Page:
Snow Team

Snow? We're Open for Business!

“Cummings Properties takes a great deal of pride in its staff, and the Snow Team is no exception. We consider prompt snow removal to be one of our most important obligations to client firms.”

— Dennis Clarke, Cummings Properties chairman and CEO

The origin of the Cummings Properties Snow Team

Timely snow removal has been a central tenet of Cummings Properties' estate management philosophy since the Company's inception. Company lore holds that during the Blizzard of '78, when local roads and highways were still closed and impassable, Cummings' parking areas were clear and ready for business. That focus on customer service continues to this day; even after parking lots are initially cleared, snow removal operations continue after hours in preparation for the next storm.

Who powers the Snow Team?

The Cummings Snow Team is populated by many of the talented members of Cummings Properties' construction crews. This hardworking group of professionals includes carpenters, electricians, plumbers, and construction managers, who set aside their usual roles to share in a coordinated effort as plow drivers, spotters, heavy equipment operators, and mechanics. Strong camaraderie and team loyalty characterize this core group, which is supplemented by subcontractors under the direction of Cummings Properties' field management.

Preparing for winter

Planning for the snow removal season begins well before the first flakes fall. New team members are trained, and assignments, schedules, and procedures are reviewed. Equipment is prepared for grueling winter conditions. Mountains of salt and sand are stockpiled for the season.

As the temperature drops, managers evaluate weather forecasts and parking situations daily, always on the watch for potentially dangerous weather conditions. Property managers alert clients to proper snow parking protocols prior to the arrival of inclement weather. When the storms inevitably start, overnight dispatchers coordinate with roving field managers, assigning resources as needed. Like a racing pit crew, teams of mechanics in two maintenance garages repair equipment on the fly.

Make way for snowplows!

Orchestrating the relocation of cars prior to plowing is key to efficiently clearing our expansive parking lots. Dedicated snow parking areas provide clients and their visitors with convenient, pre-cleared parking spaces away from active plowing, and a growing number of garages provide enclosed parking that is sheltered from the elements. A side benefit of the solar arrays built atop many Cummings garages is the reduced snow accumulation on upper parking decks.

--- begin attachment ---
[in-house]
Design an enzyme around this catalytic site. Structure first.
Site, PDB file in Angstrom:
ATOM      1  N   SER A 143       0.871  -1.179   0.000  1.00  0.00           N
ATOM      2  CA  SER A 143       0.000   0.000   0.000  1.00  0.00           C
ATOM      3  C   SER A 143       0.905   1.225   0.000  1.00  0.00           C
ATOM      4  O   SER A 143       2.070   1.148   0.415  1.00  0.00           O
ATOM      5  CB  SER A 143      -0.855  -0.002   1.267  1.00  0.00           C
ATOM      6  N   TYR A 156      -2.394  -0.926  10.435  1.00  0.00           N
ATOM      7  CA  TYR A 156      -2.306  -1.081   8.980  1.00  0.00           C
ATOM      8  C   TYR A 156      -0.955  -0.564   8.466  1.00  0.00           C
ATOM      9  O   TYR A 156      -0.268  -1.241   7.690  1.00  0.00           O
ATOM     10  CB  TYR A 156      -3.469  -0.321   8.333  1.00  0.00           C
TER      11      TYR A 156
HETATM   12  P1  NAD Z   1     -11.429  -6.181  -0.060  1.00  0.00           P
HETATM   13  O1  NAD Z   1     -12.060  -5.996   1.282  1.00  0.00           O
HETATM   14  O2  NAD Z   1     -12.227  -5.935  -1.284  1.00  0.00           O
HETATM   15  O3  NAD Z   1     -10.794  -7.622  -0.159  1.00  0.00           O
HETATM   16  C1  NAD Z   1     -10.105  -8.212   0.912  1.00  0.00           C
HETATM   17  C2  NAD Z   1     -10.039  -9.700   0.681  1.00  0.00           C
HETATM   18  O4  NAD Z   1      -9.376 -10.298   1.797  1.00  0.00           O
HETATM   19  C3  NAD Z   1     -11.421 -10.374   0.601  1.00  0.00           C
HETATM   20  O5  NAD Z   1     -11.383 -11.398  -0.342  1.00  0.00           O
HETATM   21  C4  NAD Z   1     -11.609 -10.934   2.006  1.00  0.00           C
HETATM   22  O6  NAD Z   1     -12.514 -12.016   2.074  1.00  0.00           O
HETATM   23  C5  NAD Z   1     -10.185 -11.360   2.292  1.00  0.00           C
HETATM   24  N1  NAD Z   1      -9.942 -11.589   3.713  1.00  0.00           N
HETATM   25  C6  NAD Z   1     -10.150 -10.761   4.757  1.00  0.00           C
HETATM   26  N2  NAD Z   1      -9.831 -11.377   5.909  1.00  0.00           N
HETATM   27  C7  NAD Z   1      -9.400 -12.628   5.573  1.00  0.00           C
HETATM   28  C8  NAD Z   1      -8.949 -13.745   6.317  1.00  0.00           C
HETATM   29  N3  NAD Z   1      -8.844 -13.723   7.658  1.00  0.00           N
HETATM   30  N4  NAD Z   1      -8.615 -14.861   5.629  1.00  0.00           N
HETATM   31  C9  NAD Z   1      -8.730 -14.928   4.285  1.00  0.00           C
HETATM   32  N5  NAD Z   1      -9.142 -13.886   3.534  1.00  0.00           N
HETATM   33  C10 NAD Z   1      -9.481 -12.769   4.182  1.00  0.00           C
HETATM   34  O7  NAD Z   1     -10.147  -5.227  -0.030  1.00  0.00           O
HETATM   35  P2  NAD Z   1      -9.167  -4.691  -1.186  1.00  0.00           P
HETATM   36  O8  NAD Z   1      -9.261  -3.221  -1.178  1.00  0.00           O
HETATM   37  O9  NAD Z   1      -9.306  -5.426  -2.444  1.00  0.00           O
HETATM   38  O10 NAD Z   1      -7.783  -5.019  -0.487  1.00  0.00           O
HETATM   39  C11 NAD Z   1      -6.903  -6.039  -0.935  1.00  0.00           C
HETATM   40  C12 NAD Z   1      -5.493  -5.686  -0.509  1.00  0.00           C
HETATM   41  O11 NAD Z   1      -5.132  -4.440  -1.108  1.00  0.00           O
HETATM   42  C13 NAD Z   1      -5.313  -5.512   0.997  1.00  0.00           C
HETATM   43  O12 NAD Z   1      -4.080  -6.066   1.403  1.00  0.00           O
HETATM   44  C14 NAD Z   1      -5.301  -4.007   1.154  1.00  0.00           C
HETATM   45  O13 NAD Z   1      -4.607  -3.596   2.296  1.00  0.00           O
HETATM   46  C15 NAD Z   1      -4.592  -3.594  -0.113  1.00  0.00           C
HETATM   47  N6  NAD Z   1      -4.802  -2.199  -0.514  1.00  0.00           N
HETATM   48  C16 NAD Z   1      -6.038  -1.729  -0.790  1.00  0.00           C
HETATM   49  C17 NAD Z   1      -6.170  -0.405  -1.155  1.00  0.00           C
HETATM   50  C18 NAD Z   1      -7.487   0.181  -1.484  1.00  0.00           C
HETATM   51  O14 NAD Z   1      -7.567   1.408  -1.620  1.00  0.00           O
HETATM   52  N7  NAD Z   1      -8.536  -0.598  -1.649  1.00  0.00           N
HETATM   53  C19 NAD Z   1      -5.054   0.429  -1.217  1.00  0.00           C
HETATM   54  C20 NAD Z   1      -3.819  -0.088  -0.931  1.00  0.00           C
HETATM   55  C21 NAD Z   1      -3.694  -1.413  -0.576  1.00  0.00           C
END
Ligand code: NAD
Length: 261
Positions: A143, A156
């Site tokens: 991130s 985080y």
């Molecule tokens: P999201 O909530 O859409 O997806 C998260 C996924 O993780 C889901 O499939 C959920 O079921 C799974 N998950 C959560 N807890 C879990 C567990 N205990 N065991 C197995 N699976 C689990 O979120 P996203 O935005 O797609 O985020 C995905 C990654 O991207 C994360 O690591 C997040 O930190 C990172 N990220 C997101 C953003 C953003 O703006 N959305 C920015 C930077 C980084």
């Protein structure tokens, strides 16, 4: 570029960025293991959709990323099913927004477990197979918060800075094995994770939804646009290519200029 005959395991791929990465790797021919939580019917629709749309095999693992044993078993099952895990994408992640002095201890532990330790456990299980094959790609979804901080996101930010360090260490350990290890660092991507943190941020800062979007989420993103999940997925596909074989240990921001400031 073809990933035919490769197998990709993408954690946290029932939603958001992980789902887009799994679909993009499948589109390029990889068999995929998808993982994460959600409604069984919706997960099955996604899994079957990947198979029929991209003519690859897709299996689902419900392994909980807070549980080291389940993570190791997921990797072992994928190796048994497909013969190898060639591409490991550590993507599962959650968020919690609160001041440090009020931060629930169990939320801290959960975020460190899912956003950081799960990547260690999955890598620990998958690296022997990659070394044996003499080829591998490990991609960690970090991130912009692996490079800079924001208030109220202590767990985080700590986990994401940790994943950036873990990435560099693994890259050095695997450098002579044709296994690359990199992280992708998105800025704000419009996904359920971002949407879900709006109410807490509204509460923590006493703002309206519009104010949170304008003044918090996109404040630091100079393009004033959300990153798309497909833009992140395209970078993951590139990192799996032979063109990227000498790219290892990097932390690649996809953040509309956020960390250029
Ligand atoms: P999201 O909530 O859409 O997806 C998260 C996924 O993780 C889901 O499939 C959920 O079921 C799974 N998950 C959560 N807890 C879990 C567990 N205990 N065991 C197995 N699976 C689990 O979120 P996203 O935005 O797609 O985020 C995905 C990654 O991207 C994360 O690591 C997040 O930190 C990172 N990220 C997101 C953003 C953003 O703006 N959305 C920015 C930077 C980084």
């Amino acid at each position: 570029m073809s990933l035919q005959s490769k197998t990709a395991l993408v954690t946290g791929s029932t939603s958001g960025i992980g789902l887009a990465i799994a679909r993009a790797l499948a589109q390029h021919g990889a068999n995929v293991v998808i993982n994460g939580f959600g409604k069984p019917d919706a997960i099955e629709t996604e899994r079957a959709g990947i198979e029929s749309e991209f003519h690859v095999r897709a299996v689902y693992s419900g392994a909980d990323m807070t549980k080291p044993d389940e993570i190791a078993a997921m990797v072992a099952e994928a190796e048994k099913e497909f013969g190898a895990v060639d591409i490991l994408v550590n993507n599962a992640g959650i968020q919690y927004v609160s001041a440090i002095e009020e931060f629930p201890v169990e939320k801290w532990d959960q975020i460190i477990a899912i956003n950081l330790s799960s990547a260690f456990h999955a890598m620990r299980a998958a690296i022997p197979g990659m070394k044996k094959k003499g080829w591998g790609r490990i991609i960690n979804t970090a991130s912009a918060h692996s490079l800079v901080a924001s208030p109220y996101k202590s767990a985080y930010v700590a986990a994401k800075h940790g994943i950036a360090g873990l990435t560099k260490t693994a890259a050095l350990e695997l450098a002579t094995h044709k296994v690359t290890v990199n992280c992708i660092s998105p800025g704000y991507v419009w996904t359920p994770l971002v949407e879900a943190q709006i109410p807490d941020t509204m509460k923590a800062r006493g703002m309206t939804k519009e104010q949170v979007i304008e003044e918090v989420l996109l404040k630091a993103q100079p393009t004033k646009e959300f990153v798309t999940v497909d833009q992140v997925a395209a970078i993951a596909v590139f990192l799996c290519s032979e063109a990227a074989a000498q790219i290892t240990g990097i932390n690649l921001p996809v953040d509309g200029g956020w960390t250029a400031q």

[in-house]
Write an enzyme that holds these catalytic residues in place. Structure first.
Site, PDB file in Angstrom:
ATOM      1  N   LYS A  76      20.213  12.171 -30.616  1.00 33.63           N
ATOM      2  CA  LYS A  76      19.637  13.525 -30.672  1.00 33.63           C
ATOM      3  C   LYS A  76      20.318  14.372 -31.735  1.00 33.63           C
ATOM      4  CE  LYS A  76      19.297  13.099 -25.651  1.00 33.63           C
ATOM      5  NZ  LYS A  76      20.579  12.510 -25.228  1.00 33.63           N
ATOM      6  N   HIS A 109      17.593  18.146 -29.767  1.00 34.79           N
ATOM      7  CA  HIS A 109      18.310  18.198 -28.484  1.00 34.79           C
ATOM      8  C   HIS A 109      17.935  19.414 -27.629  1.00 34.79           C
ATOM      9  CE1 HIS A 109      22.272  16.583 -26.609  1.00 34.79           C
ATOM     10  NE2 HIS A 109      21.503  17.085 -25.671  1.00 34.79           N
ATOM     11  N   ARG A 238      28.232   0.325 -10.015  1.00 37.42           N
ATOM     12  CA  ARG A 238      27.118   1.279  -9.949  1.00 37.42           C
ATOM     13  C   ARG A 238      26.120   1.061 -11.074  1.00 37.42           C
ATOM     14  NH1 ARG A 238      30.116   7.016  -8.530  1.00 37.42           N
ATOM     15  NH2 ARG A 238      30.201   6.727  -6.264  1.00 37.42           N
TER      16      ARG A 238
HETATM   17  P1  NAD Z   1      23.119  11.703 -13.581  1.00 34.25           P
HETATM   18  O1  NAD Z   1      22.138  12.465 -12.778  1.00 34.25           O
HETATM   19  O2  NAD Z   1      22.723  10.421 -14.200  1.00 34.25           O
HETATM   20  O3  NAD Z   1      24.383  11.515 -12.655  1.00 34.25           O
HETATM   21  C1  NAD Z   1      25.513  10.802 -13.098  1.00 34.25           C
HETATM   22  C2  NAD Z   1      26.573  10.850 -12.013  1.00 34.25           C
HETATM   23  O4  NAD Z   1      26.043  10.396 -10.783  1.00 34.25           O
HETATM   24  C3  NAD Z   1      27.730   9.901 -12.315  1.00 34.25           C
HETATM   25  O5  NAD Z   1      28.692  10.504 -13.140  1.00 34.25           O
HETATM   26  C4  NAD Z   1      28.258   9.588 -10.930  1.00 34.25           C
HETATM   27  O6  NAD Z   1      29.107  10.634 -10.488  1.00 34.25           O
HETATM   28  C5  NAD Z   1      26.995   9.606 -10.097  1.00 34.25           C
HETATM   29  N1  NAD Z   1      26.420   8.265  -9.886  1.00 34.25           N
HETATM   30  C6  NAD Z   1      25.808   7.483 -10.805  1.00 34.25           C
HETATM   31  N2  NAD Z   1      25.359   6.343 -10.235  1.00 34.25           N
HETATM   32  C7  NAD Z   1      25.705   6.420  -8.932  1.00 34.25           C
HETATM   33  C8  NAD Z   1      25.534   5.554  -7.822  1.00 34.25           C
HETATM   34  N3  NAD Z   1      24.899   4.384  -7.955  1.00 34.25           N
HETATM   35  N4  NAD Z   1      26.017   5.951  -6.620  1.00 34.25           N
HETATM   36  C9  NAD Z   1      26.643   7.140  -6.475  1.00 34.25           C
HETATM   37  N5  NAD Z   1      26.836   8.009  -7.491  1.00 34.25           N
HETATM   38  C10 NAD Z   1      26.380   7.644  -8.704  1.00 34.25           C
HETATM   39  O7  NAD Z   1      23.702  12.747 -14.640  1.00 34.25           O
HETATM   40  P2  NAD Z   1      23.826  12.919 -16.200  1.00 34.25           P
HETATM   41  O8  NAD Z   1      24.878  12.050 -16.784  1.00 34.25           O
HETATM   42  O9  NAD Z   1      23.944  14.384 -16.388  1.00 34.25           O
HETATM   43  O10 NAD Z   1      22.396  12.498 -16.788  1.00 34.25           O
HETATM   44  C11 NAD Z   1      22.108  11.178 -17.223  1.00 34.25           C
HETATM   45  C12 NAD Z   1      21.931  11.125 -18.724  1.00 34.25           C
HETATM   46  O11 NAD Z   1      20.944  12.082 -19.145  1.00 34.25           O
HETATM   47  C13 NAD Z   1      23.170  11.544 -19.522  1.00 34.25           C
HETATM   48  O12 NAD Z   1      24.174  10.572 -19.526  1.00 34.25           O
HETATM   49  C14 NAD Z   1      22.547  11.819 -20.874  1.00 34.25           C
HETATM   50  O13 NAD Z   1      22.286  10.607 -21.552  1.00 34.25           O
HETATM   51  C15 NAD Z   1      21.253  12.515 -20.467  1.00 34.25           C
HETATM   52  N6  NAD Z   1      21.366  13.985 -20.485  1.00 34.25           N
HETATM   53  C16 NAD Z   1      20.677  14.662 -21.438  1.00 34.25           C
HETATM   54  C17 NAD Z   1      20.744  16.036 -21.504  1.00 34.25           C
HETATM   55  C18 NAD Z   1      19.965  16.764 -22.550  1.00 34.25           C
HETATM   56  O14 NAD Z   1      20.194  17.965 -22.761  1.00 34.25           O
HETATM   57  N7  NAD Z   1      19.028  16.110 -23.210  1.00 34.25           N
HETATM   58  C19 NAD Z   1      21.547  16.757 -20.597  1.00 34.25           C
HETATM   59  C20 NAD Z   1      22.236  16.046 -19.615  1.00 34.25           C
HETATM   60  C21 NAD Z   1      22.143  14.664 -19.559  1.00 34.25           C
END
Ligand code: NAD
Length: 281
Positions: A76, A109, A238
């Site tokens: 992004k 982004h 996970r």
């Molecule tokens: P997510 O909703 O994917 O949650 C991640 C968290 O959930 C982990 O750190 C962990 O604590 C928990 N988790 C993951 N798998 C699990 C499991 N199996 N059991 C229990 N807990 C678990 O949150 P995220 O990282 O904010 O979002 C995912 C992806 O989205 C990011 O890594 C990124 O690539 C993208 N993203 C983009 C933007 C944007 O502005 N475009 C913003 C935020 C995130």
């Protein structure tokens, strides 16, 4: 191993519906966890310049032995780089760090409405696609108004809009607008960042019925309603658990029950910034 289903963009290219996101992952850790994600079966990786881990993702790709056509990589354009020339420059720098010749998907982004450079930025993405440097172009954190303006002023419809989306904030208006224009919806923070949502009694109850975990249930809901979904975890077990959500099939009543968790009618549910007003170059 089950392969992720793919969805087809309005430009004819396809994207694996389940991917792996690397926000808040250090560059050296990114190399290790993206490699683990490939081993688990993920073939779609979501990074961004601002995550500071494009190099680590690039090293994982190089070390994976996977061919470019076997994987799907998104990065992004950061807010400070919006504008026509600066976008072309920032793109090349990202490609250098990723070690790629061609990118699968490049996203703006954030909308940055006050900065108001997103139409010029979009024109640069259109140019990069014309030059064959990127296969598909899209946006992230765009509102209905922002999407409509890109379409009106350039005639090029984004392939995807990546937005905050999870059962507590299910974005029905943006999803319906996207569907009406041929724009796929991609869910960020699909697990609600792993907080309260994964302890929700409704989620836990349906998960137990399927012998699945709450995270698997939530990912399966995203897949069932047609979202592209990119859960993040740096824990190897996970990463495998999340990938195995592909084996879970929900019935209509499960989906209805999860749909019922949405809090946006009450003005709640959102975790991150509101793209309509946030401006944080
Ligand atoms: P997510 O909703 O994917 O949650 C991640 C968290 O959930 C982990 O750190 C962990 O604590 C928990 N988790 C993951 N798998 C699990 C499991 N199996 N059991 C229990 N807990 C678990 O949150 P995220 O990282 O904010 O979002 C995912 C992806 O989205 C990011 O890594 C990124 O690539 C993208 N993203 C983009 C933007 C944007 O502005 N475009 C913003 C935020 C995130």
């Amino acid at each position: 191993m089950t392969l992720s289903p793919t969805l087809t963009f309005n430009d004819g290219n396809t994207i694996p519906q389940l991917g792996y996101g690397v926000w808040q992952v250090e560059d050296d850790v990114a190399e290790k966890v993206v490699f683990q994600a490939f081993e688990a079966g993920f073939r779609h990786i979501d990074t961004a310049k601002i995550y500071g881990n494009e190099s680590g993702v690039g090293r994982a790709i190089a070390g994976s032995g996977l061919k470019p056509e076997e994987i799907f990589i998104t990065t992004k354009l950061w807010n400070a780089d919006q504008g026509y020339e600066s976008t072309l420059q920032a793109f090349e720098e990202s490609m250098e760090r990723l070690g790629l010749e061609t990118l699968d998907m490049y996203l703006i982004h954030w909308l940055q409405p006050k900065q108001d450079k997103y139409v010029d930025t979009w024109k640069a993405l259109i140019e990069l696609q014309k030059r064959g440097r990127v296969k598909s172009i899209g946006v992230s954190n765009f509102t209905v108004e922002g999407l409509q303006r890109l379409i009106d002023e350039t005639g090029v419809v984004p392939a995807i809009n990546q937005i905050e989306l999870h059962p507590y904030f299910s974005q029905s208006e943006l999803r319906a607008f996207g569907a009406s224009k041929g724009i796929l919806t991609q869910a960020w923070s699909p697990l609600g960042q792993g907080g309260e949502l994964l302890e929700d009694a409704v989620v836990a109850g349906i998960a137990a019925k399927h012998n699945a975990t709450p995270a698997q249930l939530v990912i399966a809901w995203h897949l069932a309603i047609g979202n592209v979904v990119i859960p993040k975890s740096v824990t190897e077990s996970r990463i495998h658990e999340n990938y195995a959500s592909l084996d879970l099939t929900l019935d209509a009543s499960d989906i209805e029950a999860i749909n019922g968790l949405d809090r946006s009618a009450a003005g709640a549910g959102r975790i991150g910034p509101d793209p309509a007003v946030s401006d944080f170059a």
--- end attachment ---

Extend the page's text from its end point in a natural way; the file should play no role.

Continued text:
After the mechanized divisions of snow machines remove the bulk of the snow, squads of shovelers and sanders disperse throughout our properties to mop up sidewalks and building entries.

Planning for snow removal extends to the design of new properties and buildings. Parking lots are laid out with consideration for efficient snowplow operations, and parking garages are screened to block the entry of wind-driven snow.

Maintaining the fleet

The team operates a fleet of nearly 60 snow removal vehicles, including snowplows, dump trucks, frontend loaders, backhoes, and maintenance vehicles. A set of specialized truck-mounted airport snow blowers chews through the tallest drifts and helps transfer snow after hours.

Cummings takes particular pride in maintaining a fleet of vintage plows and airport snow blowers. The older equipment is simple and built to last, and our top-notch mechanics have the skills and the parts to keep these classics running for years to come.


1968 R1200A "SnoBlaster"

This twin-engine behemoth features a Cummins 160 diesel front engine that drives the machine and a Cummins 165 diesel rear engine that drives the blower. This truly extraordinary piece of equipment will move mountains of snow in a short time. It formerly served at a Maine airport.

1968 Sicard Jr. Snow Master

Another twin-engine snow blower, this machine’s front engine is a six-cylinder Chrysler industrial flathead gasoline engine that powers the drive wheels, while a Cummins 250 diesel rear engine runs the auger.

1970 Walter Snow Fighter

This former highway plow is powered by a 300-horsepower GV53 Detroit Diesel engine. An Allison automatic transmission powers all wheels. It features an 11-foot front plow, two 10-foot wing blades, and a belly plow. An integral sander diversifies the machine's capabilities.

1973 Sno Go Bombardier Sidewalk Plow

This Canadian-made tracked vehicle is driven by a six-cylinder Chrysler flathead industrial gas engine.

Leasing with Cummings Properties means your business will never be snowed in